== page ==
The exhaust had what I can only describe as a deep throaty scream.  The tach was moving so fast that it hit 6,700 rpm before I could grab second.  I came off of the throttle in second as I was not on a highway, had exceeded the speed limit – and I hadn’t even hit 5,000 rpm.  I drove home keeping it above 3,000 rpm to see what I had here.  Hmm…this could be fun…

In starting to dig into the engine compartment, it became obvious that someone had removed the Mikuni Solex carbs and installed a pair of Weber 45DCOE’s – great for 6,000 rpm racing but not great for low speed drivability.  Datsun installed a cast iron header on the two liter engines, and its shape was a thing of beauty as it sat below the Webers.  I cleaned up the engine compartment, fixing this and tuning that, and noting what was missing that I could procure from my new parts car.

I took it to the freeway to learn more about this full throttle behavior.  1st gear, 6,500 rpm., 2nd gear, 6,500 rpm, 3rd gear – oops!  I later learned that 3rd gear was good for over 90 mph, but there was no way that I was going to push it. That was 3rd gear, and there were two more where those came from.  Now this could be fun!

The Roadster was also a tight fitting car, one that you wore rather than spreading out in.  The seats were comfortable and grippy, keeping you safely in place around the corners.  The steering wheel was a little large, but it worked well and kept the car pointed exactly where you wanted it.

It had full instrumentation, including a 160 mph speedometer and 8000 rpm tachometer, and the ignition switch remained on the left side of the steering column on its journey from Japan.  The radio was oriented vertically in the console near the choke and throttle pull knobs.  How cool was that?  The 5 speed trans was the smoothest that I’d ever felt, and made the Vega seem like a bad joke.

I spent a year fixing and tinkering, replacing and polishing until I had a pretty nice running little convertible.  My wife and I had purchased a home in Huntington Beach by that time, and the roadsters came with us, the yellow one in the driveway and the grey one out of sight at the side of the house.

The clutch had never been great on the yellow one, as it occasionally slipped on full throttle above 4,000 rpm.  Once we had settled into the house, I decided that a good Saturday project would be to replace said clutch.  By this time I had worked as a mechanic; sometimes full time and occasionally as a side gig, so a clutch was no big deal.

I got my parts, looked at everything that needed to be done, then consulted the factory service manual.  The manual stated that you should pull the engine and transmission as a unit, then separate them on the ground to replace the clutch.  Huh?  I looked over and under the car again, and it looked like I could just drop the transmission.  Sure, it would be tight, but I’d seen worse so in I went.  I got everything disconnected – linkage, mounts and connections, and slowly brought the transmission down and out.  Well, actually, I tried to get it out, but the bellhousing kept hitting the body.  I loosened the motor mounts more, but there was still 1/2 inch too little clearance for the transmission to clear.  Rats.

 “Only fools ignore factory service manuals” – Anonymous, Huntington Beach, 1983

I bolted the engine and transmission back together, opened up the service manual and followed it step by step, removing the hood (it opened towards the rear), and disconnecting everything.  I already had my own cherry picker and engine stand, so it wasn’t hard.  But I learned another valuable lesson that day.  Not only should you RTFM (Read The Freakin’ Manual) but you should also BTFM (Believe The Freakin’ Manual) as well.  And that’s another lesson that has served me well to this day.

I was working as a trainer at the Automobile Club of Southern California (AAA), and my job included visits to a number of offices from San Diego to Santa Barbara, Bakersfield to Palm Springs.  If the weather was nice I’d take the little Datsun to work to experience the joy that a fun car could bring.  It was honest, it was direct, and it never led me astray.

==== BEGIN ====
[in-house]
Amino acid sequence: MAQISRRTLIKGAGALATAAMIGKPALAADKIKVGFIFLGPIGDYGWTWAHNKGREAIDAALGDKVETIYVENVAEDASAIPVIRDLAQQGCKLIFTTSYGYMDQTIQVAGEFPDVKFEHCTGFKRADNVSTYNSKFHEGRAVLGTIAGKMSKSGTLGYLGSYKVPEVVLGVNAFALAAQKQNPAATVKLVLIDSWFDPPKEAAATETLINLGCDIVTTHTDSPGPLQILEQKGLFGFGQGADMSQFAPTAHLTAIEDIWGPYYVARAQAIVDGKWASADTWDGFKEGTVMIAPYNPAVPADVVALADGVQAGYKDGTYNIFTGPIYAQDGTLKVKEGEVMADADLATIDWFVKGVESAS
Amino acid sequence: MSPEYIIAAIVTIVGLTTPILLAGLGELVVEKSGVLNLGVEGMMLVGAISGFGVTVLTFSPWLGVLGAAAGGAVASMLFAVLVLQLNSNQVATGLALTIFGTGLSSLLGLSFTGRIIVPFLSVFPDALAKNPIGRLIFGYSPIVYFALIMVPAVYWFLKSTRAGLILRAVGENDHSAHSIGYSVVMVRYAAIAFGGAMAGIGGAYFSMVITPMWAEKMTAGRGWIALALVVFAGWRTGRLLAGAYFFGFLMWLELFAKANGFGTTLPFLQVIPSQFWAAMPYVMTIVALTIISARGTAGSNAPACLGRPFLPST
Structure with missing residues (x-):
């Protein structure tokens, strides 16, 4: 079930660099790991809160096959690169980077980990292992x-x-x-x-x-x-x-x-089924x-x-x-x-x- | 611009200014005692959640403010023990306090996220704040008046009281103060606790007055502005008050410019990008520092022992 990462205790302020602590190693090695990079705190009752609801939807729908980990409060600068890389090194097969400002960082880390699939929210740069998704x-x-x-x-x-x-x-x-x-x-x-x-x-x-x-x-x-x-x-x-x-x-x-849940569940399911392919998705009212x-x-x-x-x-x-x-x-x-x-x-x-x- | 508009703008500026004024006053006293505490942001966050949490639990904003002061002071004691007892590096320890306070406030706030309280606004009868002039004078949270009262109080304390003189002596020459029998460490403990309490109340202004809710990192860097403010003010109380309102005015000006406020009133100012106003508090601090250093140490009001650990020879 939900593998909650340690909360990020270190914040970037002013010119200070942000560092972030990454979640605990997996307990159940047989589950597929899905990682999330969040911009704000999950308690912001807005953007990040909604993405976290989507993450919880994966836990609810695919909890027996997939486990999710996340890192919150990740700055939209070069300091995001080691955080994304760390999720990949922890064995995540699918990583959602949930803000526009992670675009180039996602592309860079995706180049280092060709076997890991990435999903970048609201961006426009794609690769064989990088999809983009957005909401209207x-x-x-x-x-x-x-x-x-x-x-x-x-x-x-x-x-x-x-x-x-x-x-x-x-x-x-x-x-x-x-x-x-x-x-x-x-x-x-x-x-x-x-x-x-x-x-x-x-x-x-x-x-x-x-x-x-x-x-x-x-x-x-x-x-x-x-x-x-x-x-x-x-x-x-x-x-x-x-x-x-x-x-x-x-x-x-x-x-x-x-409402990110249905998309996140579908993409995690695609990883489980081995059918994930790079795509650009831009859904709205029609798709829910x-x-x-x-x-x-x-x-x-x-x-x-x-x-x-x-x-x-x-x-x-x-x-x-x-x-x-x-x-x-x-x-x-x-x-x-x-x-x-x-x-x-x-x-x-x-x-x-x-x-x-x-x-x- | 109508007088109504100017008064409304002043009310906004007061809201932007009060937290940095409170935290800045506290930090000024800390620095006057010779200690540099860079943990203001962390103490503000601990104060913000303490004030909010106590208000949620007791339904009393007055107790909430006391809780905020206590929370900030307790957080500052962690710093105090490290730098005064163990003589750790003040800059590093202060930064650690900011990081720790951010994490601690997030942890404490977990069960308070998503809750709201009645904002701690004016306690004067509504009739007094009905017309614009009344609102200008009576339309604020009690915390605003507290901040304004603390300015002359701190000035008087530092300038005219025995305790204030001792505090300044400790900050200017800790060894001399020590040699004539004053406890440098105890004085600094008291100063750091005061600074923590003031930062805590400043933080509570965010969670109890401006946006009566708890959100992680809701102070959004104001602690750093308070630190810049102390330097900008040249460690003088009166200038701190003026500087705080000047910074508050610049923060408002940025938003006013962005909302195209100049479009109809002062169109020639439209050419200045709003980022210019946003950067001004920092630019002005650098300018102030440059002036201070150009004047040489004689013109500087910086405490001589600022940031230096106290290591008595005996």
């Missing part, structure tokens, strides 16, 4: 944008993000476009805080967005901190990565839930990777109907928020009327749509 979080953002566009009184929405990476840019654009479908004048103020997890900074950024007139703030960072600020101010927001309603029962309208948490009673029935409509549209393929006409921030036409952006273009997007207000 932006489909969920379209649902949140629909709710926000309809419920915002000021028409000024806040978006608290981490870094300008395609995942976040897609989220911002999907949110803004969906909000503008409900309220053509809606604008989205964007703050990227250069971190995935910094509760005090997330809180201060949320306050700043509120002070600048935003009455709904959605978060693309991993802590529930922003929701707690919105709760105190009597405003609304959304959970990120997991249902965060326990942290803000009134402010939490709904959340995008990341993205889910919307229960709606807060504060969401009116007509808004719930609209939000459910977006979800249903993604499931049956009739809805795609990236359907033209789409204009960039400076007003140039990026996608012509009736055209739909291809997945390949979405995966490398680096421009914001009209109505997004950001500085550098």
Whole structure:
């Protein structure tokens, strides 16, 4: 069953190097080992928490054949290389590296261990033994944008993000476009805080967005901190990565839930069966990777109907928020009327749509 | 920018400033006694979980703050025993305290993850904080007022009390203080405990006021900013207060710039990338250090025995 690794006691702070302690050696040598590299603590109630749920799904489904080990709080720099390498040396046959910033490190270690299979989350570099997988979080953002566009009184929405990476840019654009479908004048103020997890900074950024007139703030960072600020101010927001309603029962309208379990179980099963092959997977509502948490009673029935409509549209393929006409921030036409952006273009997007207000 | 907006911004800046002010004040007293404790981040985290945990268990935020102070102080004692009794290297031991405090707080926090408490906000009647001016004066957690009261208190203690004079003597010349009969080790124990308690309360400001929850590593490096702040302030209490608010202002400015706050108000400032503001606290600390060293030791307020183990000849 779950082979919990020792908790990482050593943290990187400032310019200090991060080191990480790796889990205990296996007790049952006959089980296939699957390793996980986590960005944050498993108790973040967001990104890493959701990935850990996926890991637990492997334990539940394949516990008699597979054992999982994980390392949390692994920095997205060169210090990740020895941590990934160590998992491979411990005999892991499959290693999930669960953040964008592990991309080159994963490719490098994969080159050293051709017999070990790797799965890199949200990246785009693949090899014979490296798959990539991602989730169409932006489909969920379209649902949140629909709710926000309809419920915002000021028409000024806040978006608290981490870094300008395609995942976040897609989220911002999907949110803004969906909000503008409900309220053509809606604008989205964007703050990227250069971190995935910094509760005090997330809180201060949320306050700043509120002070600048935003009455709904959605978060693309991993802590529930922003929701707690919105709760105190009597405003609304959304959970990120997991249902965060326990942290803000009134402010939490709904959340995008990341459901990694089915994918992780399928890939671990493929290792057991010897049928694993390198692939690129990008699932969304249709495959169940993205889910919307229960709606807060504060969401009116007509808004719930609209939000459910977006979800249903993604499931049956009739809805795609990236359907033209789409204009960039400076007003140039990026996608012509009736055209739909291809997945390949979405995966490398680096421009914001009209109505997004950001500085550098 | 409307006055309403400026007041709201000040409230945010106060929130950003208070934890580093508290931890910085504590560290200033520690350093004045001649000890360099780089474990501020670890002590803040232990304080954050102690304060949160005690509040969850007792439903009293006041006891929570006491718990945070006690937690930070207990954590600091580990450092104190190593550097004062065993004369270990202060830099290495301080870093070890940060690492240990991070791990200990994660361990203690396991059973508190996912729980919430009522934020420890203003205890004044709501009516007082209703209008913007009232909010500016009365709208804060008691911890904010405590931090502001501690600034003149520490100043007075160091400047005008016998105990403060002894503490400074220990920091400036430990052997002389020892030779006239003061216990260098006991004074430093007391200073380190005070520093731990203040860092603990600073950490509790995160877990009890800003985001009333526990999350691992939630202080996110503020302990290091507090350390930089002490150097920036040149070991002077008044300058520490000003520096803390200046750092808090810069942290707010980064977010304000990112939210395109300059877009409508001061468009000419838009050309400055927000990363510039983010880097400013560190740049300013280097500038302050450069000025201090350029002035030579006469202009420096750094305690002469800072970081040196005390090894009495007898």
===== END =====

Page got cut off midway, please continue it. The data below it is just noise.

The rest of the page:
With 150 horsepower motivating only 2,000 pounds, acceleration was, how shall we say…brisk.  Where the 850 Spider danced like a ballerina, the Roadster was more brute force, and handling of the understeer, neutral or oversteer variety was just a touch of the throttle away.  It was not geared to be a drag racer, but between 25 and 125 mph it was a terror.  The top speed in each gear tells the story, as they were 1st – 40 mph, 2nd – 65 mph, 3rd – 91 mph, 4th – 120 mph, 5th – 140 mph.  Although I doubted that the previous owner had ever seen 140, another owner reported 134 on the straight at Watkins Glen.  With the less accurate speedometers of that era, who knows?  But I can say that the car still pulled strongly at triple digit speeds.  And the SPH (Smiles Per Hour) was off the charts!

I kept those Roadsters for eight years, but began driving them less and less as I had a new hobby of getting a pilot’s license, buying an airplane and getting an instrument rating.  By the early 90’s, we had decided to move to the Denver area to start a new business, and I knew that the Roadsters belonged where they’d never see snow.  It was bittersweet, but I let them go to a new owner who couldn’t wait to dig into the grey one and see what he could do.

But that’s not the end of the story.

Fast forward to 2001, and I felt that itch again.  My career was going well, but my 21 year marriage was not.  I thought that maybe if I got a hobby, a project, maybe things could get better on the home front.  With the miracle of the internet, I soon found a suitable candidate in Houston for sale.  I grabbed a truck & trailer and pointed myself south for the 17 hour drive.  The medium blue car wasn’t as good as advertised, but I could make it work, so we negotiated a price, signed some papers, and I headed back home.

My one picture of the actual car – going to its new owner

I played and tinkered with the car over the next couple of years, but my heart wasn’t really into it.  I later realized that the car was just a crutch for a failing marriage, and it deserved someone excited to dive in and make things better.  Two years later, I really wasn’t sorry to see it go, as it was just a painful reminder of a painful time.  There would be many happy times later, but this was the start of a long overdue house cleaning.

But hey, no doom and gloom to end this story!  Climb with Doc and me into the DeLorean, hit 88 MPH and let’s go Back To The Future to 1984, as it’s time to graduate from the Vega GT Estate Wagon Family Truckster to something a bit more respectable – the subject of our next COAL.